AUSCHWITZ-BIRKENAU — This year’s March of the Living in Poland was held on a gloomy Thursday that saw occasional bursts of sunlight, a fitting backdrop for the mood and mixed feelings of many of the more than 10,000 participants in the annual Holocaust commemoration event.
“It’s an emotional roller coaster,” said participant Richard Goldhar, 34, who was participating in the march for the first time. He said visiting the death camps was anxiety-inducing, but that Krakow was “a beautiful city.”
Numerous groups from more than 40 countries attended the annual three-kilometer march from Auschwitz to Birkenau — ranging from the United States, Israel and Germany to Argentina, Panama and even Morocco — but one group from Canada stood out for including no less than nine Holocaust survivors.
Organizers said a total of just 70 survivors participated in the 2019 march, compared with some 500 at the first event in 1988. With the number of living survivors dwindling from year to year, the time is fast approaching when none shall be left to come here and share their memories of the atrocities.
“Over the past year alone, of those who accompanied us all the years, six Holocaust survivors died,” said Shmuel Rosenman, March of the Living chairman and co-founder.
Of the nine Canadian survivors, only two were able to walk the entire three-kilometer route.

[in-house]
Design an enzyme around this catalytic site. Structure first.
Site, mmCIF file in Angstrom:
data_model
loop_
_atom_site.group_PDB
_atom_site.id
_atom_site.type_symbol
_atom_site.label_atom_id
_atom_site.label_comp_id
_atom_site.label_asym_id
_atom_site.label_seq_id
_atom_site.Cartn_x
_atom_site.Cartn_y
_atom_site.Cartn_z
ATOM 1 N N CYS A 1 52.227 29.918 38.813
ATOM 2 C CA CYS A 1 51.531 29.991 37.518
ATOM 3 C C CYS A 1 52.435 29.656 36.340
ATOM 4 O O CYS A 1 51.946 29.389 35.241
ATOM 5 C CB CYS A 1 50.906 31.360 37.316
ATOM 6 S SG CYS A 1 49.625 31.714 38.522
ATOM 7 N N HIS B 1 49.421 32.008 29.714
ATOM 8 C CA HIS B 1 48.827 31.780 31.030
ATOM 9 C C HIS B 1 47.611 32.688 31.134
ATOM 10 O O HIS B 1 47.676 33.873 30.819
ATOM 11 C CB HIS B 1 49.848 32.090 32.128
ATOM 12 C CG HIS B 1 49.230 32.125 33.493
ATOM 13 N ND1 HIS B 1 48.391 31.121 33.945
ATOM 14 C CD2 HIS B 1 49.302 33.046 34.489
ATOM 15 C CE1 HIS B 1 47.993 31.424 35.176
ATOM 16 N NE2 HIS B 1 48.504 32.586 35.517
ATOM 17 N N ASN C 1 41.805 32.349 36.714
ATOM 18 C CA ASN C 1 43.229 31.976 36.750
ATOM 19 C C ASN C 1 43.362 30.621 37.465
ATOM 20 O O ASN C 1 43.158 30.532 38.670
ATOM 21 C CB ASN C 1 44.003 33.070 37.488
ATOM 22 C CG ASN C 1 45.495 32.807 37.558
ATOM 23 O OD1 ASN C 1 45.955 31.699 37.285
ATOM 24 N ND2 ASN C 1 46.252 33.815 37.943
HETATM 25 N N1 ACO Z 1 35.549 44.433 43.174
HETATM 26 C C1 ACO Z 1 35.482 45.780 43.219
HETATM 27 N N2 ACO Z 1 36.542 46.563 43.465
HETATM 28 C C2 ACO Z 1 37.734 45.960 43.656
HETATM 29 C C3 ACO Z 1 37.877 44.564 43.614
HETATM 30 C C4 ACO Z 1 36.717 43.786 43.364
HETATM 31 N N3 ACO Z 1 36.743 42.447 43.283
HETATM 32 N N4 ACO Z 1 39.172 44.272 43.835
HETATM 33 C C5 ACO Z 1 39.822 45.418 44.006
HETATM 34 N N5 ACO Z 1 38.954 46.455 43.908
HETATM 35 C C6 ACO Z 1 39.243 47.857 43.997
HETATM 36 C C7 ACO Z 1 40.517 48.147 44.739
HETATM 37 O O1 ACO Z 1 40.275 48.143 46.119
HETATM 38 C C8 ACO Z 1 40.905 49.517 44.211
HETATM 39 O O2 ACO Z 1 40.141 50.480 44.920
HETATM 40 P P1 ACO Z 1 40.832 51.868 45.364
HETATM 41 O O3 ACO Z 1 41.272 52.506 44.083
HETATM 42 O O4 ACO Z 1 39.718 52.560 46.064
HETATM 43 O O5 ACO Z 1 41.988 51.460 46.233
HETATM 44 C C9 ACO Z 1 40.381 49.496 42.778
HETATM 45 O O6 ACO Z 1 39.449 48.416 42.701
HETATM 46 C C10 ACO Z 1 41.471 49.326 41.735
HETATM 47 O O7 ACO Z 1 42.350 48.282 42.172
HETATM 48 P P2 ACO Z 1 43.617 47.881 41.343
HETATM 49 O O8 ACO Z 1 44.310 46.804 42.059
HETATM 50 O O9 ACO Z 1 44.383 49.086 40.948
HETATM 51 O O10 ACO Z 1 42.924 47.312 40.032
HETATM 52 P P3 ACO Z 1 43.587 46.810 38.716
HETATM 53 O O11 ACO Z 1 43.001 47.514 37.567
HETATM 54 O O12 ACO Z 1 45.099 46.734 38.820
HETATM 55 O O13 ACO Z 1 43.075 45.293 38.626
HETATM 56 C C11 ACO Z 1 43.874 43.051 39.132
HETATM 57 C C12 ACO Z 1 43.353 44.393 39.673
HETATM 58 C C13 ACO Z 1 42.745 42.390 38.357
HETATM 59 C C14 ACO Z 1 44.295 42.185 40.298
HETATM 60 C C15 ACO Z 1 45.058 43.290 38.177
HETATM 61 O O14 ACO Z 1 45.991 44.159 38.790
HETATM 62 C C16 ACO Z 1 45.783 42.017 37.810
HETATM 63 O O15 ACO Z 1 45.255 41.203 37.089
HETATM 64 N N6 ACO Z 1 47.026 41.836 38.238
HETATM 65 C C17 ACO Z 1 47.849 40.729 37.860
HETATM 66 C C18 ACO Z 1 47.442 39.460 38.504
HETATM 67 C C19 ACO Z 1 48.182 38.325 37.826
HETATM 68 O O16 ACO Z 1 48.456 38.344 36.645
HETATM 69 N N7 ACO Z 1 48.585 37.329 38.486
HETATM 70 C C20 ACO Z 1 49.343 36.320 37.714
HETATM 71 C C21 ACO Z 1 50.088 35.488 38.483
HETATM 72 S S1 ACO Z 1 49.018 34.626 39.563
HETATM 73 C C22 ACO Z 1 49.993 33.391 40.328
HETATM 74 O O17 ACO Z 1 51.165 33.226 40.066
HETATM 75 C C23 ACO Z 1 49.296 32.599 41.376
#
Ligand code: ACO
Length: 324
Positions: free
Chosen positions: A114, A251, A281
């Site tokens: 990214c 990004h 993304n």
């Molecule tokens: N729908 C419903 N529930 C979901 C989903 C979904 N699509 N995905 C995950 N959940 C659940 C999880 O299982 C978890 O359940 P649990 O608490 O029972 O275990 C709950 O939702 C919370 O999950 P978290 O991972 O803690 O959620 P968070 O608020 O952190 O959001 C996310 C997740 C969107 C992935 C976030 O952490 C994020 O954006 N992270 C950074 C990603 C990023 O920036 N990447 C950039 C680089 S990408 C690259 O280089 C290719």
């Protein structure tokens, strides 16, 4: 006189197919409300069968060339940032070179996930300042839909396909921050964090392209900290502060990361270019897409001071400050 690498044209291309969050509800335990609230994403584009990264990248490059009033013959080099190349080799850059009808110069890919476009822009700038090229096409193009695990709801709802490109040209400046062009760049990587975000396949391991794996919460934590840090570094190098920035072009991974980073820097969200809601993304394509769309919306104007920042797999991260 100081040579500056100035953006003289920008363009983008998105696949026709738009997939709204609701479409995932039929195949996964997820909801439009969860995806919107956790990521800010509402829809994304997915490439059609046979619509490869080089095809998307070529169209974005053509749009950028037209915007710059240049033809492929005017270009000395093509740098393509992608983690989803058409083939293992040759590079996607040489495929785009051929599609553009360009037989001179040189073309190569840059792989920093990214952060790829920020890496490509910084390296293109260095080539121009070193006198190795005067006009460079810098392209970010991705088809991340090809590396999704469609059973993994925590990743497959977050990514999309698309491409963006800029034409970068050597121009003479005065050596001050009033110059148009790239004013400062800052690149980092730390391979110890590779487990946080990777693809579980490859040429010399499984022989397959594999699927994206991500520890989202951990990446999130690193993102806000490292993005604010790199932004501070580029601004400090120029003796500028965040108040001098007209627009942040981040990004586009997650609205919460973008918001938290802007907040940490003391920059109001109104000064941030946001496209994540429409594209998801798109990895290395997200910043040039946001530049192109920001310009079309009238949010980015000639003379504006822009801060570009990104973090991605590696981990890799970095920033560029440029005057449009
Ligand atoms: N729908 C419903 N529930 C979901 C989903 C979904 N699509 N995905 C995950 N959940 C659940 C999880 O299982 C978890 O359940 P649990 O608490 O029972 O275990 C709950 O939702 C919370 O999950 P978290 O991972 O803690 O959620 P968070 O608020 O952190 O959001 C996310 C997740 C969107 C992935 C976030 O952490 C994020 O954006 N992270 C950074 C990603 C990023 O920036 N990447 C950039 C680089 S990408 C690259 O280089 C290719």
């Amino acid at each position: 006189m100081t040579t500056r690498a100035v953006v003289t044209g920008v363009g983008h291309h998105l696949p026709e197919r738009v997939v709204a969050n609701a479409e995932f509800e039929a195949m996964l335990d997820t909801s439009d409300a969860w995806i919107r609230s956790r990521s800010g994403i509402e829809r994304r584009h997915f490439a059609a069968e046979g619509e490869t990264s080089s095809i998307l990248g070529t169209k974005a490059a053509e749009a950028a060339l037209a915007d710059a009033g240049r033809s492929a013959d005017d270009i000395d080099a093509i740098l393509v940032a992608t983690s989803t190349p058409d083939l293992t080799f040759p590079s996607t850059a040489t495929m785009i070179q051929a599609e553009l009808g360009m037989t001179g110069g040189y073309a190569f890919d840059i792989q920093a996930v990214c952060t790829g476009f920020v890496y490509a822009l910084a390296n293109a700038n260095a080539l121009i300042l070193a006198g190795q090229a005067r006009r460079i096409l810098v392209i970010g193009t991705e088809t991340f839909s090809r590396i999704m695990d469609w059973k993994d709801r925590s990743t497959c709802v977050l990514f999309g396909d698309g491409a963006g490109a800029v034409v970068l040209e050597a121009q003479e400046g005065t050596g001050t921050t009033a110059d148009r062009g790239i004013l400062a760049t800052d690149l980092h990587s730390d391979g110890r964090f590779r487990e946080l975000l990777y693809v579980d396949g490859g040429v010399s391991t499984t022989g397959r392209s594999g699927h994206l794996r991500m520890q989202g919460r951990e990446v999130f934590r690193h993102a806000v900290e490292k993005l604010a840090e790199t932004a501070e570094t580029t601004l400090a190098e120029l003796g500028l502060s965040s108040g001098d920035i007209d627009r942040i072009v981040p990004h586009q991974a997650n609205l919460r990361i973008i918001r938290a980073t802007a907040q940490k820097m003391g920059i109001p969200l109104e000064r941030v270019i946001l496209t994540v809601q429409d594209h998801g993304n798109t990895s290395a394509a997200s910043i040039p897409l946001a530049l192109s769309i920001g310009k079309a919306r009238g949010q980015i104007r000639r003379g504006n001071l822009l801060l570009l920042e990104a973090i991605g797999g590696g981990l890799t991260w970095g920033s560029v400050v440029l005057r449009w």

“The first time I walked here was in 1943, with my family, when we walked from the Judenrampe to Birkenau,” one of those two, Nate Leipciger, 91, told The Times of Israel during the emotional march — making it his 21st. His family died at the camp. “And now I came back with my family.”
His family now includes his three daughters, nine grandchildren and one great-grandchild. “Unfortunately one of my daughters succumbed to cancer several months ago, so we walk with her with a heavy heart, but we have to move forward with our wonderful family who are very supportive and understanding.”
Leipciger’s nephew, Tobaron Waxman, said seeing a group of such positive elders, all with a sense of humor, gave him “hope for the future.”
“Only two are walking, but their attitude and the way they carry themselves, as elders, whom we usually associate with the past, actually have a lot to teach us about the future, the way they have survived,” said Waxman, who was marching for the first time.
Another Holocaust survivor in the group, Tova Rogenstein, 86, said: “It’s hard because of the feelings, reminding [me] of life with my parents.”
“It has been touching, rewarding, and solemn,” said Goldhar, who is a younger member of the group.
But Hedy Bohm, 91, emphasized her happiness: “As long as I see the young people, all these thousands of eager, Jewish young faces, I’m happy to be with them, happy to share what they want to hear and to know.”